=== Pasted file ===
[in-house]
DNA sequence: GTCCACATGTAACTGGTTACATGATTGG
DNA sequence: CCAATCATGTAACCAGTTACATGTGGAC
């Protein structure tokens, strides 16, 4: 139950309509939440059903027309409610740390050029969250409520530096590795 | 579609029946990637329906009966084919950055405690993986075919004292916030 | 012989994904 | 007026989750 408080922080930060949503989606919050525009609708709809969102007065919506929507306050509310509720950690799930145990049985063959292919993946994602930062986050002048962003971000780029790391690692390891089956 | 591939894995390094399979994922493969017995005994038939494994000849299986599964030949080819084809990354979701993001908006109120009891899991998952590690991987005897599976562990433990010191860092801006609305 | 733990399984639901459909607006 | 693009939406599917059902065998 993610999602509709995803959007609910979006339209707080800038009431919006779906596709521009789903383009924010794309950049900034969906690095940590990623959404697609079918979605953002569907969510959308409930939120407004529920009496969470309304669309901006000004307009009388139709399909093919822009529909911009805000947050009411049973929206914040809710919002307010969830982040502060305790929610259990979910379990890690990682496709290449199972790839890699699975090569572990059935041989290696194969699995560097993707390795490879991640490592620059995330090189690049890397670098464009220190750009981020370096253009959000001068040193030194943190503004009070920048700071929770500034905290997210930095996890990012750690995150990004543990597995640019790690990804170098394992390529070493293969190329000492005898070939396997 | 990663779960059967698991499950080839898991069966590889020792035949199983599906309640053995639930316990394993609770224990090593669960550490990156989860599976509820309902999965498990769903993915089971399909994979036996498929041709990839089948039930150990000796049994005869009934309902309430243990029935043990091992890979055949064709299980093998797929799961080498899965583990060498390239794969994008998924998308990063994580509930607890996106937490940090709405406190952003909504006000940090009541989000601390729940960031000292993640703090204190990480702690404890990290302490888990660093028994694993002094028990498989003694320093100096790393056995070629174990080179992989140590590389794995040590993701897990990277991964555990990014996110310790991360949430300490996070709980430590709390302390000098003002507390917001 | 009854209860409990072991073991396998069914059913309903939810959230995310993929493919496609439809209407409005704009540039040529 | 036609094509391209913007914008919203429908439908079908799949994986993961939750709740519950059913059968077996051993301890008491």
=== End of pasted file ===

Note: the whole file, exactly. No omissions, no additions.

[in-house]
DNA sequence: GTCCACATGTAACTGGTTACATGATTGG
DNA sequence: CCAATCATGTAACCAGTTACATGTGGAC
């Protein structure tokens, strides 16, 4: 139950309509939440059903027309409610740390050029969250409520530096590795 | 579609029946990637329906009966084919950055405690993986075919004292916030 | 012989994904 | 007026989750 408080922080930060949503989606919050525009609708709809969102007065919506929507306050509310509720950690799930145990049985063959292919993946994602930062986050002048962003971000780029790391690692390891089956 | 591939894995390094399979994922493969017995005994038939494994000849299986599964030949080819084809990354979701993001908006109120009891899991998952590690991987005897599976562990433990010191860092801006609305 | 733990399984639901459909607006 | 693009939406599917059902065998 993610999602509709995803959007609910979006339209707080800038009431919006779906596709521009789903383009924010794309950049900034969906690095940590990623959404697609079918979605953002569907969510959308409930939120407004529920009496969470309304669309901006000004307009009388139709399909093919822009529909911009805000947050009411049973929206914040809710919002307010969830982040502060305790929610259990979910379990890690990682496709290449199972790839890699699975090569572990059935041989290696194969699995560097993707390795490879991640490592620059995330090189690049890397670098464009220190750009981020370096253009959000001068040193030194943190503004009070920048700071929770500034905290997210930095996890990012750690995150990004543990597995640019790690990804170098394992390529070493293969190329000492005898070939396997 | 990663779960059967698991499950080839898991069966590889020792035949199983599906309640053995639930316990394993609770224990090593669960550490990156989860599976509820309902999965498990769903993915089971399909994979036996498929041709990839089948039930150990000796049994005869009934309902309430243990029935043990091992890979055949064709299980093998797929799961080498899965583990060498390239794969994008998924998308990063994580509930607890996106937490940090709405406190952003909504006000940090009541989000601390729940960031000292993640703090204190990480702690404890990290302490888990660093028994694993002094028990498989003694320093100096790393056995070629174990080179992989140590590389794995040590993701897990990277991964555990990014996110310790991360949430300490996070709980430590709390302390000098003002507390917001 | 009854209860409990072991073991396998069914059913309903939810959230995310993929493919496609439809209407409005704009540039040529 | 036609094509391209913007914008919203429908439908079908799949994986993961939750709740519950059913059968077996051993301890008491």